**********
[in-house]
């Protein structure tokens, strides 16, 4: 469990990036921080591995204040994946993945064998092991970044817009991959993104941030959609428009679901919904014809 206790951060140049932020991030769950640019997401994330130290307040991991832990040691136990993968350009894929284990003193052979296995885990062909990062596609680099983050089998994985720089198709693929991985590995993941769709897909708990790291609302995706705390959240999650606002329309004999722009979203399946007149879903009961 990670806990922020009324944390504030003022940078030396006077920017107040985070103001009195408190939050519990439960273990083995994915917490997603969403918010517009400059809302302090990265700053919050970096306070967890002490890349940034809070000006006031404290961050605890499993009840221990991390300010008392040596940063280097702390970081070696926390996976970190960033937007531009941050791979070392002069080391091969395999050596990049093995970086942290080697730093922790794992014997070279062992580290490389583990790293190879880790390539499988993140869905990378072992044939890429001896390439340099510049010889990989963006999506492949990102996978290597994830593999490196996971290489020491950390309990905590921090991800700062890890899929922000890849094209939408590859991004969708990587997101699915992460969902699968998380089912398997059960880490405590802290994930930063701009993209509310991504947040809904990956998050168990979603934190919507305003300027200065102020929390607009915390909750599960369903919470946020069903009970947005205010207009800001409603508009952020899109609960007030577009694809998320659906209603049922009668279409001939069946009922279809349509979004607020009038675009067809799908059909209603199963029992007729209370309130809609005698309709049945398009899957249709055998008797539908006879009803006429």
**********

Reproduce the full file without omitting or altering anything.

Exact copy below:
[in-house]
């Protein structure tokens, strides 16, 4: 469990990036921080591995204040994946993945064998092991970044817009991959993104941030959609428009679901919904014809 206790951060140049932020991030769950640019997401994330130290307040991991832990040691136990993968350009894929284990003193052979296995885990062909990062596609680099983050089998994985720089198709693929991985590995993941769709897909708990790291609302995706705390959240999650606002329309004999722009979203399946007149879903009961 990670806990922020009324944390504030003022940078030396006077920017107040985070103001009195408190939050519990439960273990083995994915917490997603969403918010517009400059809302302090990265700053919050970096306070967890002490890349940034809070000006006031404290961050605890499993009840221990991390300010008392040596940063280097702390970081070696926390996976970190960033937007531009941050791979070392002069080391091969395999050596990049093995970086942290080697730093922790794992014997070279062992580290490389583990790293190879880790390539499988993140869905990378072992044939890429001896390439340099510049010889990989963006999506492949990102996978290597994830593999490196996971290489020491950390309990905590921090991800700062890890899929922000890849094209939408590859991004969708990587997101699915992460969902699968998380089912398997059960880490405590802290994930930063701009993209509310991504947040809904990956998050168990979603934190919507305003300027200065102020929390607009915390909750599960369903919470946020069903009970947005205010207009800001409603508009952020899109609960007030577009694809998320659906209603049922009668279409001939069946009922279809349509979004607020009038675009067809799908059909209603199963029992007729209370309130809609005698309709049945398009899957249709055998008797539908006879009803006429």